What are some of the things at Beckman that are happening or you know will happen soon that excite you as you begin your tenure as Beckman Director?

I think some of the things I already mentioned, starting the new initiative, continuing to move ahead with imaging at the Beckman Institute. We have several new research machines and facilities that we are just in the process of setting up at the Beckman. The Biomedical Imaging Center is clearly growing, after recently moving from south campus to Beckman. But we want to continue to move ahead with all of the world-class, professionally run facilities we have at Beckman, from the Visualization Laboratory to the Microscopy Suite to the Illinois Simulator Laboratory to the Biomedical Imaging Center.    

Could you talk about the Healthy Bodies, Brains, Minds, and Communities Developing Initiative that you have been involved with? What are your hopes for this initiative?

I would like to see this initiative bring together faculty across the four themes, as well as faculty that aren’t currently involved in the Beckman Institute throughout campus and at other institutions. So I see this as an initiative that almost sits as an umbrella over some of the other initiatives and focuses on a broad but significant topic, and that is health in the United States and across the globe. We will probably have two co-chairs and they remain to be determined.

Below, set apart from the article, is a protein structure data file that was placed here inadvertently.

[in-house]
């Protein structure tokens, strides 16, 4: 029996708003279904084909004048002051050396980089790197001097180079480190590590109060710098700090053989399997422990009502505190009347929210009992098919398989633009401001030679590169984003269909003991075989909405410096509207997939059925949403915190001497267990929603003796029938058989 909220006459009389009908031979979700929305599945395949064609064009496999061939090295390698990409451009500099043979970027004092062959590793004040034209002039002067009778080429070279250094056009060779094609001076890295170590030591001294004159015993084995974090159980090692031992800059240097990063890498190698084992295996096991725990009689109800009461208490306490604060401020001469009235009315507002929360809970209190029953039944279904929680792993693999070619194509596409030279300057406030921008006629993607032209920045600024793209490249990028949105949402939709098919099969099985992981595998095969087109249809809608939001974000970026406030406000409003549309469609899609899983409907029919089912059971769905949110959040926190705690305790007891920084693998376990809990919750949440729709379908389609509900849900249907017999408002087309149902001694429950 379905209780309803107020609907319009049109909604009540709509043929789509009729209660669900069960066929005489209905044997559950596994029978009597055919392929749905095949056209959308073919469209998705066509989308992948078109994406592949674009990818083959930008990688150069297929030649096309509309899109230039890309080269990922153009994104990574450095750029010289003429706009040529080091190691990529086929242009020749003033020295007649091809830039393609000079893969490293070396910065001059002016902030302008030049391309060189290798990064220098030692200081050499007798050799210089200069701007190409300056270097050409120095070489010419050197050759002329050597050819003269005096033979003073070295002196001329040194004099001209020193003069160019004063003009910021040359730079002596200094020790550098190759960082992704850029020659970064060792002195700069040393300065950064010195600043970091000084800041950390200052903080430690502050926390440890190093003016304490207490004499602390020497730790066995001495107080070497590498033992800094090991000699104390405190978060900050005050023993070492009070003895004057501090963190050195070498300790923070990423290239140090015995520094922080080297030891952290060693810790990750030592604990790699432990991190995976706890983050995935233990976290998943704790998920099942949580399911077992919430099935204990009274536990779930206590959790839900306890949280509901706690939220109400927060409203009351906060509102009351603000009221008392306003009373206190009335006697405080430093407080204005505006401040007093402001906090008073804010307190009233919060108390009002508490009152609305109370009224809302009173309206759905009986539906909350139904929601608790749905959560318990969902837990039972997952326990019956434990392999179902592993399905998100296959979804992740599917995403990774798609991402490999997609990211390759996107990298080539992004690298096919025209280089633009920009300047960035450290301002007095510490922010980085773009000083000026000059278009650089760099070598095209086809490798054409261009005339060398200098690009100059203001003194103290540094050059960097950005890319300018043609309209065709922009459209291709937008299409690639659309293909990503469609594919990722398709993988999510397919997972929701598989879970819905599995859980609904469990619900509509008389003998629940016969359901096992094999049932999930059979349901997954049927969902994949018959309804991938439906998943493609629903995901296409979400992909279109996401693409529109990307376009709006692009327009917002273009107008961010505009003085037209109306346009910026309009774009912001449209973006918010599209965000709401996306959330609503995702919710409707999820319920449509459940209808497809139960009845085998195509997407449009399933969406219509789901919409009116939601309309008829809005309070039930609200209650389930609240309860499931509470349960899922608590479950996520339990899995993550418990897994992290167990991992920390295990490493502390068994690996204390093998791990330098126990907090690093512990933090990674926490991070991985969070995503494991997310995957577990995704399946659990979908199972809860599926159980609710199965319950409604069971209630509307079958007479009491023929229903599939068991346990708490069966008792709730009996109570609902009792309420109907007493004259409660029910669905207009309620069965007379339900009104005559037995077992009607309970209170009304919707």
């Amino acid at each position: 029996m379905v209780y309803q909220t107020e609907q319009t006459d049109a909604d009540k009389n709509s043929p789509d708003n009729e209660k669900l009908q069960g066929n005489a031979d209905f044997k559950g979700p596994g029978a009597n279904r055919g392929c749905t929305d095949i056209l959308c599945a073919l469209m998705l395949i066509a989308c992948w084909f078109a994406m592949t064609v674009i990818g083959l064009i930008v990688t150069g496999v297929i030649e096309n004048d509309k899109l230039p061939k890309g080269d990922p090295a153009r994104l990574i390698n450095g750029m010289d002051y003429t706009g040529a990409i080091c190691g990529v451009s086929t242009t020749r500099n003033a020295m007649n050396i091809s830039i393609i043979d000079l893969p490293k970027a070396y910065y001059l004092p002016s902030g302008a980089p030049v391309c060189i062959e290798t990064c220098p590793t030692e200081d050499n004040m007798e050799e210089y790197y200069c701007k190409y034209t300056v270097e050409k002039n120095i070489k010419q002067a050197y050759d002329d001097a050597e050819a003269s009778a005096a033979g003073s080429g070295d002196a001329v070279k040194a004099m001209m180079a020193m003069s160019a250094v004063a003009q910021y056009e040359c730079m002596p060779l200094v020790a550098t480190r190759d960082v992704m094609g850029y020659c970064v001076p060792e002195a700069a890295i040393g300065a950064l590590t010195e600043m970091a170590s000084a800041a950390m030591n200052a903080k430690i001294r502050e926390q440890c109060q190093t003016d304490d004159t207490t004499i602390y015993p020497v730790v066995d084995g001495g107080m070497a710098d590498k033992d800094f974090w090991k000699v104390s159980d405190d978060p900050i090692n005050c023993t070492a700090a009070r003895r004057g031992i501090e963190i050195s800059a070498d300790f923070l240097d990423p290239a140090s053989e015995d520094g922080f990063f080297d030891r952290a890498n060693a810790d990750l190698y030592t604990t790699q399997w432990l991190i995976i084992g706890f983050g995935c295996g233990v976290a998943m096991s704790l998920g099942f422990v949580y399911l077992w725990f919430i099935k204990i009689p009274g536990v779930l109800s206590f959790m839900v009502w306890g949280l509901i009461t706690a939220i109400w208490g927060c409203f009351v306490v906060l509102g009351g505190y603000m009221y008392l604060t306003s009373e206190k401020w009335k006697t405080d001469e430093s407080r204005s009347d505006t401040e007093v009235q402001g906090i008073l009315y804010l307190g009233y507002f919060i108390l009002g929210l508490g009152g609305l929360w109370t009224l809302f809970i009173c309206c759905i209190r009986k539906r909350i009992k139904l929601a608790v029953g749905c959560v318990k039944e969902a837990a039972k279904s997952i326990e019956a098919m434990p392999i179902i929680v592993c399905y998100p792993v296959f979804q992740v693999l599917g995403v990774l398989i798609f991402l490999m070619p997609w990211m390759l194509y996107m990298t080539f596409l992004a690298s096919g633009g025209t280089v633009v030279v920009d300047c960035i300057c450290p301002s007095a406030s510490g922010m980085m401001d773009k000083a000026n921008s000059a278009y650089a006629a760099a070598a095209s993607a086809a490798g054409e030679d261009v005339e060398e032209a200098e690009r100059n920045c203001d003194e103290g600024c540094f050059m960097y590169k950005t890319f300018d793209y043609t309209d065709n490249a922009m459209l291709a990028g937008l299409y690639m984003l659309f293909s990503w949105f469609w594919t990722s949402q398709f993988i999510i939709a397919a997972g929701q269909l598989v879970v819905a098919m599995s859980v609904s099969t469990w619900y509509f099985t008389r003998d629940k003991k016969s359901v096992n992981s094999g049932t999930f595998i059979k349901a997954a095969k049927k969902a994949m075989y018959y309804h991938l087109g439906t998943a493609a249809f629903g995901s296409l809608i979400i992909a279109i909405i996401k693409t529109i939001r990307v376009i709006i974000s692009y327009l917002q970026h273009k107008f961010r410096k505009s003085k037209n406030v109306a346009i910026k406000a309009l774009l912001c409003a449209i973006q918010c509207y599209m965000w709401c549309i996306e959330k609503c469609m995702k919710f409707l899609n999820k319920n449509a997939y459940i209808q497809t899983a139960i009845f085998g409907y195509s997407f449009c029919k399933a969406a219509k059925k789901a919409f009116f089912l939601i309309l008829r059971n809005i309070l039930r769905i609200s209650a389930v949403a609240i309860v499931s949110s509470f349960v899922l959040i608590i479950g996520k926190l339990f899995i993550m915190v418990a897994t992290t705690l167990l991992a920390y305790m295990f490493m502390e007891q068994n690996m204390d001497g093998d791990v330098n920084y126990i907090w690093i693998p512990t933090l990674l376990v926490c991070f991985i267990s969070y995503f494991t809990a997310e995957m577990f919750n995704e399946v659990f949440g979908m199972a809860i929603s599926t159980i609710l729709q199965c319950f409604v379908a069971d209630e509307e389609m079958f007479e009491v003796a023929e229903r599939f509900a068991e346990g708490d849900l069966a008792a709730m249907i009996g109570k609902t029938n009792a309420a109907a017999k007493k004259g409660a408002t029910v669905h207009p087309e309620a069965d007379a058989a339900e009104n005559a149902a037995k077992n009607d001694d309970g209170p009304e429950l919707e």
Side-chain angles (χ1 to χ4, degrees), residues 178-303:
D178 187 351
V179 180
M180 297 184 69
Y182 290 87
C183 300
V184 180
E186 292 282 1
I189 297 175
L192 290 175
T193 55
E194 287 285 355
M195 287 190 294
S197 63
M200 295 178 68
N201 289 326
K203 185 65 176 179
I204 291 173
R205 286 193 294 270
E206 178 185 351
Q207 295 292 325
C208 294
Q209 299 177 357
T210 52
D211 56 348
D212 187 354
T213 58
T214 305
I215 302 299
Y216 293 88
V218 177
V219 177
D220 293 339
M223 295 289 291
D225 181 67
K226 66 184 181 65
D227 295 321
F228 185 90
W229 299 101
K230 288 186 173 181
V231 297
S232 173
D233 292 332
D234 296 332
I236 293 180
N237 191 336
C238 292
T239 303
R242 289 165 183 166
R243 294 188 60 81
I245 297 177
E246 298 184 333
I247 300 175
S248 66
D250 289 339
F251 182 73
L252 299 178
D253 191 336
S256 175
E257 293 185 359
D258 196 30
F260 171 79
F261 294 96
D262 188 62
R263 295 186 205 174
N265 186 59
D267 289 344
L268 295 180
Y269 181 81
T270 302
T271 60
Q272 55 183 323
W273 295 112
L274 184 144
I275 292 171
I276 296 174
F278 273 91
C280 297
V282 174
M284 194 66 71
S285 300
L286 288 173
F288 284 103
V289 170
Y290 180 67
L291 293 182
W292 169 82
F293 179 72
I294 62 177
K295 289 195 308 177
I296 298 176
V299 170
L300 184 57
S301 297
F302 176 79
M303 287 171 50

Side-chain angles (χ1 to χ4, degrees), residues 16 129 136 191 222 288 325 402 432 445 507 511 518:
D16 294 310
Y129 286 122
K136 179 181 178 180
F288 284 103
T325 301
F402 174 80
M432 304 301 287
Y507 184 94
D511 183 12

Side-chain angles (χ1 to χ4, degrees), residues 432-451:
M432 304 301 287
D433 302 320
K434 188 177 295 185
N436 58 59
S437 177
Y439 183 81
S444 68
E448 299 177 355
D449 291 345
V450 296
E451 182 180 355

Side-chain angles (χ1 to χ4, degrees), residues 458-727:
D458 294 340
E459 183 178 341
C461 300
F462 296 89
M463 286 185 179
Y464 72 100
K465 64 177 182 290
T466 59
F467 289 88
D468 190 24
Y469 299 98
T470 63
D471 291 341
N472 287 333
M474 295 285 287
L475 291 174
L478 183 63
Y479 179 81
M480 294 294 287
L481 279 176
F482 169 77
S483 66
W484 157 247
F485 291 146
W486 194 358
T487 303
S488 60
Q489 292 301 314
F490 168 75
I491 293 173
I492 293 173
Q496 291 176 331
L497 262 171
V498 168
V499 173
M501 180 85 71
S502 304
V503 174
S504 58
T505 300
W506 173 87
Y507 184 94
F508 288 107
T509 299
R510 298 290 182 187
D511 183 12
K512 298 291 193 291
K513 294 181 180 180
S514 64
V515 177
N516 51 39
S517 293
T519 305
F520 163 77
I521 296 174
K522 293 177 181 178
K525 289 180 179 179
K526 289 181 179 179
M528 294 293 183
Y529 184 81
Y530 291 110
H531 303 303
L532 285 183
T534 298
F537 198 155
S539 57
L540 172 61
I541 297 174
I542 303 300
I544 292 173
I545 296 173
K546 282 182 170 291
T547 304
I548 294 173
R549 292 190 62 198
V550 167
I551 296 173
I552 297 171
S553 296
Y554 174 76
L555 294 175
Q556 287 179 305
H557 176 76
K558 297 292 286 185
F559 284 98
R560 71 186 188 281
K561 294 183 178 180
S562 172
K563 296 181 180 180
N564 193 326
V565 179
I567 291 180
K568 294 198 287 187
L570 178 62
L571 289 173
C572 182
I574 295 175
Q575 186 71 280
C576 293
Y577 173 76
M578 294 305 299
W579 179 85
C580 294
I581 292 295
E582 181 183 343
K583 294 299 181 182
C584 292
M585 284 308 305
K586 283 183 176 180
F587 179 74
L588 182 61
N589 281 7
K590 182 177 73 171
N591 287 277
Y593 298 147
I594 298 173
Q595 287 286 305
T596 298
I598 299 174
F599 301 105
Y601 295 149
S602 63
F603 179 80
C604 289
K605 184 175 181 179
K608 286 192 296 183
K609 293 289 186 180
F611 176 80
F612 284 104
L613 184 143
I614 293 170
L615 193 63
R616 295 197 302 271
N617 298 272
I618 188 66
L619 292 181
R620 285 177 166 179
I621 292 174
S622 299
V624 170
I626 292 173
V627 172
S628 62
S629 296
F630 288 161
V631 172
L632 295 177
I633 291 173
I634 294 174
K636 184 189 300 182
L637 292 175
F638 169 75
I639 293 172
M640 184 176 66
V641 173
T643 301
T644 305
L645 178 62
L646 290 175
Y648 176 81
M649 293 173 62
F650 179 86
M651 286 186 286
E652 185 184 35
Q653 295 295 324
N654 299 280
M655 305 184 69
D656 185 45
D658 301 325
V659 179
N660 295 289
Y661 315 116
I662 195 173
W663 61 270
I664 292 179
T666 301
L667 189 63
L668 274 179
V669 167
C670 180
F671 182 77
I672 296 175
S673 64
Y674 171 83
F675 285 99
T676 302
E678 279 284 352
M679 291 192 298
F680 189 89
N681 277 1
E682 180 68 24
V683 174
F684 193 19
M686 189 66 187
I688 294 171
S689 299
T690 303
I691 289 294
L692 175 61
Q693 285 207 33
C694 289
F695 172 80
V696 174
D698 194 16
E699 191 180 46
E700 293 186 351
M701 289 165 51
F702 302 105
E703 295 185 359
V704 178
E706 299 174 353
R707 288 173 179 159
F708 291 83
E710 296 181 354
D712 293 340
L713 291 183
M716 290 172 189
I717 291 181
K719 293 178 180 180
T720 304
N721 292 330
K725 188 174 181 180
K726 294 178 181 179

People at the University of Illinois are, of course, worried about the funding situation with the state of Illinois. How do you think those financial challenges will impact the Beckman Institute?

Like every other unit on campus the Beckman Institute is facing challenging budget cuts. I think that through very efficient planning with Tamer and Van Anderson and others, we at the Beckman Institute are able to handle them, at least for now. None of us knows about the future but I think for this next year we certainly have a plan to deal with the budget reductions, both from the Beckman Foundation and from the state of Illinois. We clearly have to continue to work to find and develop alternative sources of revenue to support our research portfolio. This is one reason Pierre Wiltzius worked so hard to get permission to hire a Director of Development (Tim Montague was later hired during Başar’s tenure). It’s tough to do development with such a young institute because we don’t have alumni in their 60s and 70s who have built substantial wealth. But nonetheless Tim is working on a number of potential leads, along with faculty and other development officers. However, it is also important to keep in mind that grants from NIH, NSF, DoD are our most important source of support for our research, so it will be imperative for Beckman faculty, staff, and students to continue to compete for such grants.

Even with those financial challenges it is an exciting time to be doing science, especially with all the advances in technology. How do you visualize the future of scientific research at Beckman?

We will continue to support the themes at Beckman and to ensure that the questions that we address are at the forefront of research. Beckman is a fantastic place to do research both because of the bright young people we have here, the graduate students and postdocs, and the very collaborative faculty who train them to do interdisciplinary research, but also because of the great staff we have here and the professionally run facilities. I have no doubt we will continue to stay at the cutting edge of research in a variety of the fields that Beckman addresses and to develop important new research themes, now and in the future.